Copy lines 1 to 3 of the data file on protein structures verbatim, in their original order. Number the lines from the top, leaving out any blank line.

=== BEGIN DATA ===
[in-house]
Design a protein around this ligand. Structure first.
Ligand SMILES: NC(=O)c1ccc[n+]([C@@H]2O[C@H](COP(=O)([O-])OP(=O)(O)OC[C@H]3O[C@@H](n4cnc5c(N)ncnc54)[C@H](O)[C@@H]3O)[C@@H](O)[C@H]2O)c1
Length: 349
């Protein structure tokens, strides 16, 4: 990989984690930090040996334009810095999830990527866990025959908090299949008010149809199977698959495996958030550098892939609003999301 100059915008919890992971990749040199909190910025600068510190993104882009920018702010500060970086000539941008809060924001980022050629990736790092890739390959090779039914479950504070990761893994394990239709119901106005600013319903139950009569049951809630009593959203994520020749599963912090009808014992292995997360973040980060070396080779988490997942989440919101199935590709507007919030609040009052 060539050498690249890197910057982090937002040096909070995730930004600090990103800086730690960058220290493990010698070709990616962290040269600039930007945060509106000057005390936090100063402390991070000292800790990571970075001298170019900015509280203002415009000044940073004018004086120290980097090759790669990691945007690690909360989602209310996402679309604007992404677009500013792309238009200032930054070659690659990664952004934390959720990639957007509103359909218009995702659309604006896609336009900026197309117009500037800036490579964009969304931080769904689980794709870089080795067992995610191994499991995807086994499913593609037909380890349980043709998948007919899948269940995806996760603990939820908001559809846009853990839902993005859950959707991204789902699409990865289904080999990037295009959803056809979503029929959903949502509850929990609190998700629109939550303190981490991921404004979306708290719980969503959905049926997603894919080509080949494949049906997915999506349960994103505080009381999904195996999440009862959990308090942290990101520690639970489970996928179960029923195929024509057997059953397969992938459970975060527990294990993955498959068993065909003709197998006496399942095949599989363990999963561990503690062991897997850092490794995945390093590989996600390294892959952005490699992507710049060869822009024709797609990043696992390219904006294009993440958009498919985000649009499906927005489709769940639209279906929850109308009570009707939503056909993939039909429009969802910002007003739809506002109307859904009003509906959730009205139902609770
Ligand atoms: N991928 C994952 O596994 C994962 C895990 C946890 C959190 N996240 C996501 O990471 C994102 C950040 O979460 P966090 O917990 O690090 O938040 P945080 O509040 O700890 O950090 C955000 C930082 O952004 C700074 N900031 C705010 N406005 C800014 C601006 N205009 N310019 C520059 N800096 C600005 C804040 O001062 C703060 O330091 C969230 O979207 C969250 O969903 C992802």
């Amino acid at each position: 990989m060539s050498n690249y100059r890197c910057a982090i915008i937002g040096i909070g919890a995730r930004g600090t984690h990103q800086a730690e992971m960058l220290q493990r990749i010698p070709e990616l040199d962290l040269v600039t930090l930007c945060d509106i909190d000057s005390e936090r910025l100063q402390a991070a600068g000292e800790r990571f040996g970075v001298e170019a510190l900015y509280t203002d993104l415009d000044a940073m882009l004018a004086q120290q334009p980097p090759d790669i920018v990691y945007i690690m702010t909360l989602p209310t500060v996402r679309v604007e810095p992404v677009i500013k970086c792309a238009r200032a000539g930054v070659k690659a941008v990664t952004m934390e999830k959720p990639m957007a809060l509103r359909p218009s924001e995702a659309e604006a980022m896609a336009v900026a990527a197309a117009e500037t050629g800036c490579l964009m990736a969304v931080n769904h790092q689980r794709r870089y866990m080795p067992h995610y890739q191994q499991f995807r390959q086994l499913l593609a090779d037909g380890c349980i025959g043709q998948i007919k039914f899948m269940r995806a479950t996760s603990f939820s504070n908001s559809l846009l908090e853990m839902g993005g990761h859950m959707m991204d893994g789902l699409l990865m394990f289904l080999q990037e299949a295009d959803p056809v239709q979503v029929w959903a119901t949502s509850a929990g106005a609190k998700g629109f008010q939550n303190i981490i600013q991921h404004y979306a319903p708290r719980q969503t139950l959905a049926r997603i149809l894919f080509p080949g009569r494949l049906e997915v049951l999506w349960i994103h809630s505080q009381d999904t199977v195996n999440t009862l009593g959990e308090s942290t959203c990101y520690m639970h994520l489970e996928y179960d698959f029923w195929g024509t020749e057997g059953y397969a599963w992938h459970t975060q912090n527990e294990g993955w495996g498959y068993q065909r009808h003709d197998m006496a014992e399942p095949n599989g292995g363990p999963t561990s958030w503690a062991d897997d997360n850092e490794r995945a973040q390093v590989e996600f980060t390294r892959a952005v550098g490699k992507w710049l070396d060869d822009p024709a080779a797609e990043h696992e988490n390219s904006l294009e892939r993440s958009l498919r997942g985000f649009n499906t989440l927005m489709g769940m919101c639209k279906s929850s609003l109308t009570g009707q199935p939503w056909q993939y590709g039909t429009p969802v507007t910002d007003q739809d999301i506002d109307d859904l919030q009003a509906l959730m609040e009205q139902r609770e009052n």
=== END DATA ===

[in-house]
Design a protein around this ligand. Structure first.
Ligand SMILES: NC(=O)c1ccc[n+]([C@@H]2O[C@H](COP(=O)([O-])OP(=O)(O)OC[C@H]3O[C@@H](n4cnc5c(N)ncnc54)[C@H](O)[C@@H]3O)[C@@H](O)[C@H]2O)c1